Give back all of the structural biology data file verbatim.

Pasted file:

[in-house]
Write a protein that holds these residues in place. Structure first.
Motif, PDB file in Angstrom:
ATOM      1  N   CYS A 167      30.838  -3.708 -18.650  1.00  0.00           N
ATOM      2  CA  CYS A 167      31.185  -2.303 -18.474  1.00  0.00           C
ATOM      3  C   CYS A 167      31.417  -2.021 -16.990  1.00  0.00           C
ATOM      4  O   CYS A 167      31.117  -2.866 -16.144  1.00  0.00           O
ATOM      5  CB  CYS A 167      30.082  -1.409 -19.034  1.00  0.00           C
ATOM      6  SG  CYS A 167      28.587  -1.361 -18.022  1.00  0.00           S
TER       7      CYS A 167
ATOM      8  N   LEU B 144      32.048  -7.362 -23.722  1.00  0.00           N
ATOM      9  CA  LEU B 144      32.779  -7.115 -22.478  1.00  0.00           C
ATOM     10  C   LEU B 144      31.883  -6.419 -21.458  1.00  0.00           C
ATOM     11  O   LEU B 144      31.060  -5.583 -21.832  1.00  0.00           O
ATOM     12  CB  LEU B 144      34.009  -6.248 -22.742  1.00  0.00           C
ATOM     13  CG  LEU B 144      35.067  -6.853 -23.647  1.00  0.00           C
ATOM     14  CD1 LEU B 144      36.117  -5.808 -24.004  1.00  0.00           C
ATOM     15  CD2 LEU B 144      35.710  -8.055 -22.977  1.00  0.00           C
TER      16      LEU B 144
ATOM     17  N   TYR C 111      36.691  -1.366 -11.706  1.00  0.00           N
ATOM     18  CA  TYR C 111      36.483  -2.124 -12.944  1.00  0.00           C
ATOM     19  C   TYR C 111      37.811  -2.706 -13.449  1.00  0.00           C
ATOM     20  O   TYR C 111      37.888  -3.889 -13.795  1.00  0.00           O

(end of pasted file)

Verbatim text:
[in-house]
Write a protein that holds these residues in place. Structure first.
Motif, PDB file in Angstrom:
ATOM      1  N   CYS A 167      30.838  -3.708 -18.650  1.00  0.00           N
ATOM      2  CA  CYS A 167      31.185  -2.303 -18.474  1.00  0.00           C
ATOM      3  C   CYS A 167      31.417  -2.021 -16.990  1.00  0.00           C
ATOM      4  O   CYS A 167      31.117  -2.866 -16.144  1.00  0.00           O
ATOM      5  CB  CYS A 167      30.082  -1.409 -19.034  1.00  0.00           C
ATOM      6  SG  CYS A 167      28.587  -1.361 -18.022  1.00  0.00           S
TER       7      CYS A 167
ATOM      8  N   LEU B 144      32.048  -7.362 -23.722  1.00  0.00           N
ATOM      9  CA  LEU B 144      32.779  -7.115 -22.478  1.00  0.00           C
ATOM     10  C   LEU B 144      31.883  -6.419 -21.458  1.00  0.00           C
ATOM     11  O   LEU B 144      31.060  -5.583 -21.832  1.00  0.00           O
ATOM     12  CB  LEU B 144      34.009  -6.248 -22.742  1.00  0.00           C
ATOM     13  CG  LEU B 144      35.067  -6.853 -23.647  1.00  0.00           C
ATOM     14  CD1 LEU B 144      36.117  -5.808 -24.004  1.00  0.00           C
ATOM     15  CD2 LEU B 144      35.710  -8.055 -22.977  1.00  0.00           C
TER      16      LEU B 144
ATOM     17  N   TYR C 111      36.691  -1.366 -11.706  1.00  0.00           N
ATOM     18  CA  TYR C 111      36.483  -2.124 -12.944  1.00  0.00           C
ATOM     19  C   TYR C 111      37.811  -2.706 -13.449  1.00  0.00           C
ATOM     20  O   TYR C 111      37.888  -3.889 -13.795  1.00  0.00           O